Barnards, Town Green Road.

By David Miller

Photo:Barnards in 2012

Barnards in 2012

Photo: Illustrative image for the 'Barnards, Town Green Road.' page
Photo: Illustrative image for the 'Barnards, Town Green Road.' page

The name Barnards has been taken from the Chicheley Map of circa 1686. On that map, just south of the Lordship mound, can be seen 'Barnards Homestall,' and then south of that is 'Barnards Close.'

Photo:The Chicheley map showing Barnards.

The Chicheley map showing Barnards.

In addition to the map, we are fortunate in having five wills of the Barnard family, dated 1575; 1615; 1640; 1685; and 1736 respectively. There is also an Inventory of 1693 (above), and all these documents give us a good idea of what the house was used for and how each room might have looked like. 

It is probable that the house has not changed in its basic form, although most of the outbuildings at the rear have now gone. There is a crosswing of two storeys, with a cellar, and a hall range parallel with the road. The house is now tiled, although of course it would have been thatched originally. It is listed Grade II. There is a large chimney stack at the junction between the range and the crosswing. The chimney has distorted over years to a spectacular degree, possibly as a result of the lime mortar becoming rather soft when damp.  In fact, the whole house was leaning dangerously when it was in the

Photo:Leaning chimney at Barnards.

Leaning chimney at Barnards.

Photo:The SCDC architect took steps to preserve the house.

The SCDC architect took steps to preserve the house.

  ownership of the South Cambs. District Council, who were preparing to have it demolished so that the land could be redeveloped. It was saved by public protests from the village, and the SCDC architect took steps to save the house. Orwell resident Veronica Wolfe gives an account of this matter here.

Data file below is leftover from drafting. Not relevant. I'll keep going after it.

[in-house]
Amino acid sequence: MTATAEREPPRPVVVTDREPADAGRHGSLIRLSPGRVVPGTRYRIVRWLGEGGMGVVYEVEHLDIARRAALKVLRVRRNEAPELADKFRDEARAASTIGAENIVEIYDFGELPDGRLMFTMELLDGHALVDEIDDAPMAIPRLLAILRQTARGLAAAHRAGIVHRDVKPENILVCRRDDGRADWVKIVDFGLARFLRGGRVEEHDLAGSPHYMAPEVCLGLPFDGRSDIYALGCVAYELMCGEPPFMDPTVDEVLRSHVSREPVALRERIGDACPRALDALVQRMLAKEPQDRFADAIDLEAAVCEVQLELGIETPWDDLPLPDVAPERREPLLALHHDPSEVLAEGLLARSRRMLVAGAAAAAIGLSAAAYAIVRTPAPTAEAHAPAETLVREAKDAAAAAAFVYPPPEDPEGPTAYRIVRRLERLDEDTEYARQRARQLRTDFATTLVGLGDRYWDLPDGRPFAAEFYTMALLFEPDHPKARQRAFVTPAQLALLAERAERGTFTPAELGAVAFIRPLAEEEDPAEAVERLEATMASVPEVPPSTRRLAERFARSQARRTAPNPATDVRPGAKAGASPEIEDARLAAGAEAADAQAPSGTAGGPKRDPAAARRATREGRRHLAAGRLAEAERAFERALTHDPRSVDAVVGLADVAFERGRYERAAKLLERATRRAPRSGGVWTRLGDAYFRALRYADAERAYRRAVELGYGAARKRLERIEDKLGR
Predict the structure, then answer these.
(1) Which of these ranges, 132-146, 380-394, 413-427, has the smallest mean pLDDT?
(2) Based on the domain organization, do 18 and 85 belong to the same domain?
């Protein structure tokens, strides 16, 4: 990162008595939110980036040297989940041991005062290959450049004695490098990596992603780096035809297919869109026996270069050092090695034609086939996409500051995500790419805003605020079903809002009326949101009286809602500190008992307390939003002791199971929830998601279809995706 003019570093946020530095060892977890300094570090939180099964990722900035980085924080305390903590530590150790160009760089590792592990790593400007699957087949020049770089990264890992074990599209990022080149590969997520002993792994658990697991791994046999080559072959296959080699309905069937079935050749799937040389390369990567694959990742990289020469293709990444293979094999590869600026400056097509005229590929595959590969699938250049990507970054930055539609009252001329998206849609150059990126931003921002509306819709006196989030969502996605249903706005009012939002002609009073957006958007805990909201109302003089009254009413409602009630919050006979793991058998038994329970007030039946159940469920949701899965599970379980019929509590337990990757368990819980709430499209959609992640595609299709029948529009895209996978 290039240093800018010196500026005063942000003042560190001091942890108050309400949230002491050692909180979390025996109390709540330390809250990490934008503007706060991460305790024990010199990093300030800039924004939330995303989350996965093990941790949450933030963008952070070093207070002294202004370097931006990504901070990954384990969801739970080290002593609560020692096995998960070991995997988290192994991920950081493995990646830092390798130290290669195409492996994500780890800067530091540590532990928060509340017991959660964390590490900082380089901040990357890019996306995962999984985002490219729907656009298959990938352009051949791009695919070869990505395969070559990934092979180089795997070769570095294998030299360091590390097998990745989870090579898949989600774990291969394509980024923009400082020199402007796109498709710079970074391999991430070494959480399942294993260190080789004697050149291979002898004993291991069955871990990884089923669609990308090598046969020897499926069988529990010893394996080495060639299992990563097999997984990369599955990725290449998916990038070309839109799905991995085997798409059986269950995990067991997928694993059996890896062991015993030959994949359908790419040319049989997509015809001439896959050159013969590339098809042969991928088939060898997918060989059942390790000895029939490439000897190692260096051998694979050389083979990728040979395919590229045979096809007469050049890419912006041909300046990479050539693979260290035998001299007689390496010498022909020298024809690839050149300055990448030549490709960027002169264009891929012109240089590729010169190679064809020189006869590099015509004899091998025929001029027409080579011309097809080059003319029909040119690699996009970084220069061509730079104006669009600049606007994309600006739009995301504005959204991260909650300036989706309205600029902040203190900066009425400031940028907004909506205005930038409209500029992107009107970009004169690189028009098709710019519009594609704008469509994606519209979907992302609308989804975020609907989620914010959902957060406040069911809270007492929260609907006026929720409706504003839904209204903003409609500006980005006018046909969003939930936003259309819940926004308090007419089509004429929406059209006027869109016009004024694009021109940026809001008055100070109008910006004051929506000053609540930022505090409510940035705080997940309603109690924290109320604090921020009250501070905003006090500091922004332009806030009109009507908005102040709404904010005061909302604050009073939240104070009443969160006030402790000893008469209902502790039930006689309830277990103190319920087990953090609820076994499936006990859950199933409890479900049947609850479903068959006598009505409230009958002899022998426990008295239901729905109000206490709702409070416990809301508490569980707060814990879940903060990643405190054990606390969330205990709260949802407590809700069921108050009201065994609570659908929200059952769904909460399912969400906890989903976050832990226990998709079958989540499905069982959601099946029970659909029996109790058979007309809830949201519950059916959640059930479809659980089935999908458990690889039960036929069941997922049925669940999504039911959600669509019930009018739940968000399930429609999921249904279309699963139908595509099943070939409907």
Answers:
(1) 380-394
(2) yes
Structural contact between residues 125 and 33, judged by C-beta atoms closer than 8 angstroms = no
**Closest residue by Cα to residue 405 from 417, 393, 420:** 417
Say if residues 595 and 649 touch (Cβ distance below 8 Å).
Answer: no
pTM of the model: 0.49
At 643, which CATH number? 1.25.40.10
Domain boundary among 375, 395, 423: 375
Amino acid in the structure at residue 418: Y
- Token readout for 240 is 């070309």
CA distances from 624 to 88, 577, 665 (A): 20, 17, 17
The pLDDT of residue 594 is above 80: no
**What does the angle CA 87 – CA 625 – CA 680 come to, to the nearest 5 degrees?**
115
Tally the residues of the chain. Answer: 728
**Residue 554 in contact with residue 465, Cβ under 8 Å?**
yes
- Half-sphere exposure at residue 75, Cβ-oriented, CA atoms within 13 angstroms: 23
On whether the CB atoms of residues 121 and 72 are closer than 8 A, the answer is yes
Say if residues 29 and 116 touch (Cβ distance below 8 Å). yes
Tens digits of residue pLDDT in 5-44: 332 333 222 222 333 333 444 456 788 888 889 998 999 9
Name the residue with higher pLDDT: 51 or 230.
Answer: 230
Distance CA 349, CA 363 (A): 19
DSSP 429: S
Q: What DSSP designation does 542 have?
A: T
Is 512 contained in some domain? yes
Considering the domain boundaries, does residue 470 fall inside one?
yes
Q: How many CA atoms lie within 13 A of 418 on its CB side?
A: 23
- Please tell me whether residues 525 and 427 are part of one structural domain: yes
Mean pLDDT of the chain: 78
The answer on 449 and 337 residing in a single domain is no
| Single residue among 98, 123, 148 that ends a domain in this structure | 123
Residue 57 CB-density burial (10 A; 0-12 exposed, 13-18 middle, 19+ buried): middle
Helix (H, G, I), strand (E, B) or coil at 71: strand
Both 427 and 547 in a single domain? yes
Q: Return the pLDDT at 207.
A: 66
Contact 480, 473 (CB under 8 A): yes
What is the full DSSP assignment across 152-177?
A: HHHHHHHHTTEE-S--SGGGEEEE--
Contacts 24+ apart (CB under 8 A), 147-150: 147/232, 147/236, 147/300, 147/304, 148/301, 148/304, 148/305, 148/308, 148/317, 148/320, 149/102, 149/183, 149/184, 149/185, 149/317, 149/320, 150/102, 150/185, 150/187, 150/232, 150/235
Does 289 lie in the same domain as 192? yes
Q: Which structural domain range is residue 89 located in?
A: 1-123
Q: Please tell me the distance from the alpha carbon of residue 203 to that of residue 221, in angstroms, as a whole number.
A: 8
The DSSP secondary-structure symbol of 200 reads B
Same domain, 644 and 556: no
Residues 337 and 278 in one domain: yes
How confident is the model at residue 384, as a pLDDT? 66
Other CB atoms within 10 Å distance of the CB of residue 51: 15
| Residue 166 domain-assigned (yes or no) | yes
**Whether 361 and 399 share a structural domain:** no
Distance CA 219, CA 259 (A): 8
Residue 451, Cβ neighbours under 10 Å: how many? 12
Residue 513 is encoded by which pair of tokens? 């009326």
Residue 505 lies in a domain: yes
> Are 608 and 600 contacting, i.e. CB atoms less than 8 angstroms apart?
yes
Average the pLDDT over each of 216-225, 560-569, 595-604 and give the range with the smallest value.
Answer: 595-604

The Hearth Tax records of 1660 show the resident Barnard as having only one hearth. This is strange, because there are two hearths there now, and unless the Barnard in question was only living in half the house, it is hard to see how he could have got away with a wrong

Photo:Clunch and brick fireplace

Clunch and brick fireplace

declaration. The Inventory indicates that Richard Barnard occupied the whole house in 1693.

Photo: Illustrative image for the 'Barnards, Town Green Road.' page

 

 

 

 

The builder of the house obviously put considerable effort into making two fine fireplaces with clunch blocks, the one on the parlour side of the stack having moulded decorative work.

Photo: Illustrative image for the 'Barnards, Town Green Road.' page
Photo: Illustrative image for the 'Barnards, Town Green Road.' page
Photo: Illustrative image for the 'Barnards, Town Green Road.' page

The timber carpentry, however, is very solid but a little crude, and the studs are more widely spaced than one would expect in a large house of this period. Some of the timber is pine.

Photo: Illustrative image for the 'Barnards, Town Green Road.' page
Photo: Illustrative image for the 'Barnards, Town Green Road.' page
Photo: Illustrative image for the 'Barnards, Town Green Road.' page

The cellar at Barnards. Cool and damp!

This page was added by David Miller on 12/02/2013.

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